Customs, Excise and Services Tax Appellate Tribunal (CESTAT): The Coram of Ashok Jindal (Judicial Member) and Sanjiv Srivastava (Technical Member) allowed an appeal which was directed against the order-in-appeal which was again upheld by the Commissioner (Appeals).
The appellants were during the financial year 2004-05 providing taxable services namely:
- Consulting Engineer Service under Section 65 (105)(g) of the Finance Act, 1994.
- Erection, Commissioning & Installation under Section 65(105)(zzd) of the Act.
- Maintenance & Repair under Section 65 (105)(zzg) of the Act.
As appellants had defaulted on payment of service tax due on these services, Revenue had issued show cause notice dated 28-03-2007 demanding service tax under certain category. By the said show cause notice, appellant were asked to show cause as to why:-
- an amount of Rs.13,22,959/- (Rs. Thirteen lakhs twenty two thousand nine hundred and fifty nine only) being the service tax (incl. Education cess) (as per Annexure “B”) payable under Section 68 of the Finance Act, 1994 on the amount of Rs. 1,29,70,186/- recovered by the assessee during the FY 2004-05 towards the business conducted with M/s Malabar Cements Ltd., should not be demanded and recovered from them;
- an amount of Rs. 2,12,691/- (Rs. Two lakhs twelve thousand six hundred and ninety one only) ( as per Annexure “B” towards wrong availment / utilisation of cenvat credit should not be demanded and recovered from them in terms of Rule 14, read with Rule 16, of the Cenvat Credit Rules, 2004 and Section 73 of the Finance Act, 1994;
- the provisions of extended period under Section 73 of the Act ibid should not be invoked;
- interest at the appropriate rate for the period by which payment of tax delayed should not be demanded from them under Section 75 of the Act ibid;
- a penalty should not be imposed under Section 76, 77, 78 for the acts and omissions as stated above.
- the amount of Rs. 4,89,955/- (ST of Rs. 3,68,547/- and interest of Rs. 1,21,408/-) deposited vide TR-6 dated 7.6.2007 as part payment made against the abovesaid service tax liability should not be appropriated and confirmed.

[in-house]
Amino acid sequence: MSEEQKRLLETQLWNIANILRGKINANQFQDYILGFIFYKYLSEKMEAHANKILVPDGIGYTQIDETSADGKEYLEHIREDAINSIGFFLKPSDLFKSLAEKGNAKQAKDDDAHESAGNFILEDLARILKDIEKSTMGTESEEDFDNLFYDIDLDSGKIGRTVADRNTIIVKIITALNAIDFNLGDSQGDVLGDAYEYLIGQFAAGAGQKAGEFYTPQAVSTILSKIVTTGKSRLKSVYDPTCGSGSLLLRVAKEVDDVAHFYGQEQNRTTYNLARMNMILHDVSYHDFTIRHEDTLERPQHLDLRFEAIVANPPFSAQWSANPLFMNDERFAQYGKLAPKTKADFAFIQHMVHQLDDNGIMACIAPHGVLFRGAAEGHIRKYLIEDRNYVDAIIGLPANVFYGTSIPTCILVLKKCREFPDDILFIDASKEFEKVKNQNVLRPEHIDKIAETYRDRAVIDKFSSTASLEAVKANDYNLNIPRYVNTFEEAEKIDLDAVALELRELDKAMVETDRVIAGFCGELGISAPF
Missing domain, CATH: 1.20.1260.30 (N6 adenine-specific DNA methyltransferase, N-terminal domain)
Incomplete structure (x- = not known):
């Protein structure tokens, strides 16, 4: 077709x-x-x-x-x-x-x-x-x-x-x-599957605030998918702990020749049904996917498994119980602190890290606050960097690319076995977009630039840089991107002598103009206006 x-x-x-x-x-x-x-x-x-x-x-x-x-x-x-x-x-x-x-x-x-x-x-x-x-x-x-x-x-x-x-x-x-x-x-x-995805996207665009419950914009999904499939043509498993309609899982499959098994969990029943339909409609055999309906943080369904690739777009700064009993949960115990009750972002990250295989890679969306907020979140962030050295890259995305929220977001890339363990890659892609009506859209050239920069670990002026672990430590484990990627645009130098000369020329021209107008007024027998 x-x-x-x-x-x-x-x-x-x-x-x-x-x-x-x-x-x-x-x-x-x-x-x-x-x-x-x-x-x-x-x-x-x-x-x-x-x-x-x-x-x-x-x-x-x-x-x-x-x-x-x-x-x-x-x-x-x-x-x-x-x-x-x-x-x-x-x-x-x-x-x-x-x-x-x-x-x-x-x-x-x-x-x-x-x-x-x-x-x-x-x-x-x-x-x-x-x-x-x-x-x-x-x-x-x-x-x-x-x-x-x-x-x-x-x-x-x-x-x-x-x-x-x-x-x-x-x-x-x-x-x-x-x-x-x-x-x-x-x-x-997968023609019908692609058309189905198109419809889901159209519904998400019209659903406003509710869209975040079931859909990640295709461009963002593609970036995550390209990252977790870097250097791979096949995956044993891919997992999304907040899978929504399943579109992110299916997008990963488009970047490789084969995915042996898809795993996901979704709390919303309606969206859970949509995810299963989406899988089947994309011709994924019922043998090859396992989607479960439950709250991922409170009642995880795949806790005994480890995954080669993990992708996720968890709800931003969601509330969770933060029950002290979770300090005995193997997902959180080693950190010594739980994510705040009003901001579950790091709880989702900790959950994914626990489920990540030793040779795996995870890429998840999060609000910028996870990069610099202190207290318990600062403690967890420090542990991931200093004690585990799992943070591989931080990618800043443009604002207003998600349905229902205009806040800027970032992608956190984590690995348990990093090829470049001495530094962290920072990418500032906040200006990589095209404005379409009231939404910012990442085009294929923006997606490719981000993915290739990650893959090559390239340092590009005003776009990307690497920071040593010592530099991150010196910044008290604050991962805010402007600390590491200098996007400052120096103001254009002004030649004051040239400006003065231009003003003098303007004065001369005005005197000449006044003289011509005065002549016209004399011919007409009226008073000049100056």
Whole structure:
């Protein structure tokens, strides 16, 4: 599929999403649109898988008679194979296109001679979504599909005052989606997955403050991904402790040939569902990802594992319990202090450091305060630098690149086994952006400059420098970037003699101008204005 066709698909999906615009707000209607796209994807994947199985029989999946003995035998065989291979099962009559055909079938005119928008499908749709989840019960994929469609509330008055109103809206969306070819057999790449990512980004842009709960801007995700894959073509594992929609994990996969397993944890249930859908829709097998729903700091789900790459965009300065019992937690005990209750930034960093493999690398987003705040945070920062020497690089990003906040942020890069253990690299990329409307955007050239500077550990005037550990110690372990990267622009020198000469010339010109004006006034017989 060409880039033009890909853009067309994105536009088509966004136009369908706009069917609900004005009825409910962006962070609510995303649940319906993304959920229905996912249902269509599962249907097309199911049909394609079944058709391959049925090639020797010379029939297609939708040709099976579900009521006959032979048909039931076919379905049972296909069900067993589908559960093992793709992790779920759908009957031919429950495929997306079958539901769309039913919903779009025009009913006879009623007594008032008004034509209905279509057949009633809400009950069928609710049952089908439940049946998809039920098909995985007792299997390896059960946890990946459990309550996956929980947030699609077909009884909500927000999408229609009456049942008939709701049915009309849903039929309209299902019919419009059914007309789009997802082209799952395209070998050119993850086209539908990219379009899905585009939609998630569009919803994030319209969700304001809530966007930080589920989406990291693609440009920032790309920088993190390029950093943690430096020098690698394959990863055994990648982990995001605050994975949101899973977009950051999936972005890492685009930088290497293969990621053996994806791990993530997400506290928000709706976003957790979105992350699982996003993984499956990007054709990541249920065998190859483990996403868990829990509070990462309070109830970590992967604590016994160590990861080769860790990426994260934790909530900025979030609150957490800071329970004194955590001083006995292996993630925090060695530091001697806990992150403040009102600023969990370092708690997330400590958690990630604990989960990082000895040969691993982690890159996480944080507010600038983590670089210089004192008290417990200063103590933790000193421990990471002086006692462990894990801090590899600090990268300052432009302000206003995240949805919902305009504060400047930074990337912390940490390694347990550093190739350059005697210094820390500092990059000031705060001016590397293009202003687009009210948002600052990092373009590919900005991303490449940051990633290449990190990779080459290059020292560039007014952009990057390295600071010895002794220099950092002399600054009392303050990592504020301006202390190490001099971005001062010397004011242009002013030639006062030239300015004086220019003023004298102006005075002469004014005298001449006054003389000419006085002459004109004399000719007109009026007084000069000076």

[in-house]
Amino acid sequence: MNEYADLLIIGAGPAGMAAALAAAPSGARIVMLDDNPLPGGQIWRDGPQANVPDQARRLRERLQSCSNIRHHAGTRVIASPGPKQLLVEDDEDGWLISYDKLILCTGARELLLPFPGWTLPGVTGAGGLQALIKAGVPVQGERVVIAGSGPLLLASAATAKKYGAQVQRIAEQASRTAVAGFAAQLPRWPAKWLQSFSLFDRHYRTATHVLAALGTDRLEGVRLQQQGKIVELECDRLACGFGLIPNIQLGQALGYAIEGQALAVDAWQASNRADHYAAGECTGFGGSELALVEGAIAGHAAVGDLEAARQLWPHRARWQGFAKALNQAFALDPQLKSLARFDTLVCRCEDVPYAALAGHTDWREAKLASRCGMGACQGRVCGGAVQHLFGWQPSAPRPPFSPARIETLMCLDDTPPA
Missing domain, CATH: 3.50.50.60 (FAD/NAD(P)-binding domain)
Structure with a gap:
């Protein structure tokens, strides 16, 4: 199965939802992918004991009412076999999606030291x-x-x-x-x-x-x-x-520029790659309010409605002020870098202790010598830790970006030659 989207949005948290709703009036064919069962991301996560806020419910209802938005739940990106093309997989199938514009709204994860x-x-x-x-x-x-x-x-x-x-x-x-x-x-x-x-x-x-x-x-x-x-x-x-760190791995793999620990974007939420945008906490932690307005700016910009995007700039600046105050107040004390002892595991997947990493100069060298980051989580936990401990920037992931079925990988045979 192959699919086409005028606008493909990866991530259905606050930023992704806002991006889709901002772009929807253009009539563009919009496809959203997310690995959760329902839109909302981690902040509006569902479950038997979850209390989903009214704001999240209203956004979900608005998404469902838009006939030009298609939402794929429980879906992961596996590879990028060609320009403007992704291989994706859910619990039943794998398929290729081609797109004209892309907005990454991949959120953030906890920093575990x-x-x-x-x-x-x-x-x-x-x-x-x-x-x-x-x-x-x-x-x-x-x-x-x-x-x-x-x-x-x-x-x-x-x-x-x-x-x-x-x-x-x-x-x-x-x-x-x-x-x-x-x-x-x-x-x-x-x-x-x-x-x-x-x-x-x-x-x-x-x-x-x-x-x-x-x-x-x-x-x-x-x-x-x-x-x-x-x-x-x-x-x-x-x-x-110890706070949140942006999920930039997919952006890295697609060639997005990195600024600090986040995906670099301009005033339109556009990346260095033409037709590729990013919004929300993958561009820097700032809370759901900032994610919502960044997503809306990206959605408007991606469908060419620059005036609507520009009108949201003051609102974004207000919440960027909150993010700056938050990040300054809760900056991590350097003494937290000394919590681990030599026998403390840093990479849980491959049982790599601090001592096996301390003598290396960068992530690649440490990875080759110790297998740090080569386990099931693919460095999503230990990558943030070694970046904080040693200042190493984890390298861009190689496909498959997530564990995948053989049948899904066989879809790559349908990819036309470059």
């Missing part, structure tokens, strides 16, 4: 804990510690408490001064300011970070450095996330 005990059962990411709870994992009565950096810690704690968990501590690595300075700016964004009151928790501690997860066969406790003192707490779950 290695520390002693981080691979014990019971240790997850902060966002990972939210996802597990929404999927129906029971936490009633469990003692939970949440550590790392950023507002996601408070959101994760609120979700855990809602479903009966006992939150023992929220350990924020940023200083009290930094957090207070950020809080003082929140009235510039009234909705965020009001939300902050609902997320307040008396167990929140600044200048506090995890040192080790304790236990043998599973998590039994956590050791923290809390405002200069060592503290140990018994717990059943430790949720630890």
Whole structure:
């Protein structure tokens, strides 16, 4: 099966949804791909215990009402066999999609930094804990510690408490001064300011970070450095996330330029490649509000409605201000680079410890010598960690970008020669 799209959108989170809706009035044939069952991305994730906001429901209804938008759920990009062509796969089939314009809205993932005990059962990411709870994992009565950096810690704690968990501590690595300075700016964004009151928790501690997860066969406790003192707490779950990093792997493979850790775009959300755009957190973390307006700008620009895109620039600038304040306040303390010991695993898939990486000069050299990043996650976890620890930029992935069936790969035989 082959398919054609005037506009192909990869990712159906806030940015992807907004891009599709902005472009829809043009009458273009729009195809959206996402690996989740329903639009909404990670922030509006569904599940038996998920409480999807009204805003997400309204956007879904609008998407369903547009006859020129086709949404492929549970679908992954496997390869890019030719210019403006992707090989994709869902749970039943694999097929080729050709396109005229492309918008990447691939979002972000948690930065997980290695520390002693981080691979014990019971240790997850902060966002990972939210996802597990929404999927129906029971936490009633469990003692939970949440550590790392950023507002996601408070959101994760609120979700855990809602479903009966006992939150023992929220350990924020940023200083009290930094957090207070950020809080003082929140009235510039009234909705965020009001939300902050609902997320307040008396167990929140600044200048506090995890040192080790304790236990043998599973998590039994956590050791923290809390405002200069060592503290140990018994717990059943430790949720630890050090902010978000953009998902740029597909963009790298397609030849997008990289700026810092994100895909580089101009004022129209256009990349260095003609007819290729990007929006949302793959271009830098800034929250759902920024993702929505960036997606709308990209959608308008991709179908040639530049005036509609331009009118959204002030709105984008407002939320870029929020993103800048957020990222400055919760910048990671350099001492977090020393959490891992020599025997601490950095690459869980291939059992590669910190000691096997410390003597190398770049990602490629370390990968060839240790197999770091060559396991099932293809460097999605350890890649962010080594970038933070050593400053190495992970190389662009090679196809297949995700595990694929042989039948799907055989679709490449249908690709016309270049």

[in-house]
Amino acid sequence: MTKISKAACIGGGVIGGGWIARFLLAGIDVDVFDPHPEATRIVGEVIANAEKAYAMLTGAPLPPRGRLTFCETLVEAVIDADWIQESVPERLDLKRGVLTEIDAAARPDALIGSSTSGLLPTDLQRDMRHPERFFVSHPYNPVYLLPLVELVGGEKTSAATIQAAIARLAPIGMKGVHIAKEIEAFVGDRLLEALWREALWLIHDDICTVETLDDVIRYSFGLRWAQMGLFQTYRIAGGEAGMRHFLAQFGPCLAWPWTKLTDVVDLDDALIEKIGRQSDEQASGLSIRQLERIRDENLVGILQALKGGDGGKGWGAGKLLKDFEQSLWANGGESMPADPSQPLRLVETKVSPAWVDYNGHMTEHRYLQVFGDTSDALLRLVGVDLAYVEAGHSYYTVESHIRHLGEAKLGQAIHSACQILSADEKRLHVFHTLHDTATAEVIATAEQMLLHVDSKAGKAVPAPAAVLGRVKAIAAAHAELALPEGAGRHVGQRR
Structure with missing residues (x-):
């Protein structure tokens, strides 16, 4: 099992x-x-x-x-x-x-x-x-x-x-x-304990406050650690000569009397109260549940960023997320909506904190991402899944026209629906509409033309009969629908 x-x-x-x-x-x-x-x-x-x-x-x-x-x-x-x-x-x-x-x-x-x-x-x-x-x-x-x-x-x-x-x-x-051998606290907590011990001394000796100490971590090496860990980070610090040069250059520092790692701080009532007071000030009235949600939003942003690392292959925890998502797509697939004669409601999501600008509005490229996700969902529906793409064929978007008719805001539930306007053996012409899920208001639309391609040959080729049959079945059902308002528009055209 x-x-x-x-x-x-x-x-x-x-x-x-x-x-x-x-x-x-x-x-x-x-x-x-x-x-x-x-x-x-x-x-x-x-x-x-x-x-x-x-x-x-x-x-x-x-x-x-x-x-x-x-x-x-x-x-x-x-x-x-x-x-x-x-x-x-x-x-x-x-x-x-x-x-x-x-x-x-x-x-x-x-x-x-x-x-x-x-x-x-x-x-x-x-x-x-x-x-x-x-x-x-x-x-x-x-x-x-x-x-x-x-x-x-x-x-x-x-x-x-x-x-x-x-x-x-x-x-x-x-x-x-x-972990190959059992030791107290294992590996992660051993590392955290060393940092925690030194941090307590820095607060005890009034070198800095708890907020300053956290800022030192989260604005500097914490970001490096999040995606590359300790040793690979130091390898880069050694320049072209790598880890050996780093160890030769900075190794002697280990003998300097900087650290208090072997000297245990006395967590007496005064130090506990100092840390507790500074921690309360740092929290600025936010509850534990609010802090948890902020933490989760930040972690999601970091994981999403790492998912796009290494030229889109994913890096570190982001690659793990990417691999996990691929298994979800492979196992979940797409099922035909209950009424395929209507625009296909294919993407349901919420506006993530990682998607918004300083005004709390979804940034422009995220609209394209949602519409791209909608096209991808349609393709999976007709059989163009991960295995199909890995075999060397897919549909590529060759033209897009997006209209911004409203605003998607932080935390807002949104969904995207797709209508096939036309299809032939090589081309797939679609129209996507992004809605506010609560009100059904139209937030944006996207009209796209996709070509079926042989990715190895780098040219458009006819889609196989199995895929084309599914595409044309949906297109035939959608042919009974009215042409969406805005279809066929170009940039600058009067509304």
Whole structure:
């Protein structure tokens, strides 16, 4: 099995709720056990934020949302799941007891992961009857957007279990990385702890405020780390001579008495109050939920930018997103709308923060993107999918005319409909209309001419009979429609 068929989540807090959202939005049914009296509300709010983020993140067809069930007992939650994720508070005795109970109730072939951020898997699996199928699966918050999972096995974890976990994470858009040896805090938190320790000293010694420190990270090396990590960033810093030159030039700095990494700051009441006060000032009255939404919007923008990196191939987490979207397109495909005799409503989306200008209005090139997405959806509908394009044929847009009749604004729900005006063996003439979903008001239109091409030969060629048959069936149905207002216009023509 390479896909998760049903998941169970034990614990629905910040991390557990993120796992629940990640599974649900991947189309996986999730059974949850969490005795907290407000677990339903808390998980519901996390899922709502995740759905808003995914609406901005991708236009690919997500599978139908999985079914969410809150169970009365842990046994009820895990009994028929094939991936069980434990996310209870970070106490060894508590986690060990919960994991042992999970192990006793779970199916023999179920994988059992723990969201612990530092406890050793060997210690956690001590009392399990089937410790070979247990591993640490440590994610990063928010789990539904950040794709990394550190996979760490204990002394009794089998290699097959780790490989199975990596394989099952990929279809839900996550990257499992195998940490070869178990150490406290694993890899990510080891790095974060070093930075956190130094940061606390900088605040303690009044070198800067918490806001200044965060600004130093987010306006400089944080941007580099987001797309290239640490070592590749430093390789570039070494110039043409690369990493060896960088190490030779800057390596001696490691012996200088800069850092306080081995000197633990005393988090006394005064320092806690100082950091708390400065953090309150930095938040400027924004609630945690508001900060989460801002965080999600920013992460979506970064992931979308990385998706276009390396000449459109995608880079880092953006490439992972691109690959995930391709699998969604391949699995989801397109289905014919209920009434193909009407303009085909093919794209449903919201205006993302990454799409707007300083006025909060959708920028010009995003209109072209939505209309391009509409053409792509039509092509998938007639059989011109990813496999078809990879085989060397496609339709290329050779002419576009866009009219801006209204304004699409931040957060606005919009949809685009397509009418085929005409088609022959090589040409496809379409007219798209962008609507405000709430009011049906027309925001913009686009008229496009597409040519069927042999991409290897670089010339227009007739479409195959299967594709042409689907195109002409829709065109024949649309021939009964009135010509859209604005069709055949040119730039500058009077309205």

The Tribunal after hearing the parties was convinced of the fact that the services provided by the appellant were contract services as the invoices are supply of material alongwith services. The Tribunal further agreed that the issue was covered in the case relied on by the Counsel of the Appellant in CCE & Cus. v. Larsen & Toubro Ltd., 2015 (39) STR 913 (SC) relevant paras of which were:
“43. We need only state that in view of our finding that the said Finance Act lays down no charge or machinery to levy and assess service tax on indivisible composite works contracts, such argument must fail. This is also for the simple reason that there is no subterfuge in entering into composite works contracts containing elements both of transfer of property in goods as well as labour and services.
- We have been informed by counsel for the revenue that several exemption notifications have been granted qua service tax “levied” by the 1994 Finance Act. We may only state that whichever judgments which are in appeal before us and have referred to and dealt with such notifications will have to be disregarded. Since the levy itself of service tax has been found to be non-existent, no question of any exemption would arise. With these observations, these appeals are disposed of.
- We, therefore, allow all the appeals of the assessees before us and dismiss all the appeals of the revenue.”
The Tribunal following the above decision allowed the appeal and held that appellant was entitled to consequential benefits.[Enexco Teknologies (India) Ltd. v. Commr. ST, 2021 SCC OnLine CESTAT 2541 , decided on 27-08-2021]
Suchita Shukla, Editorial Assistant has reported this brief.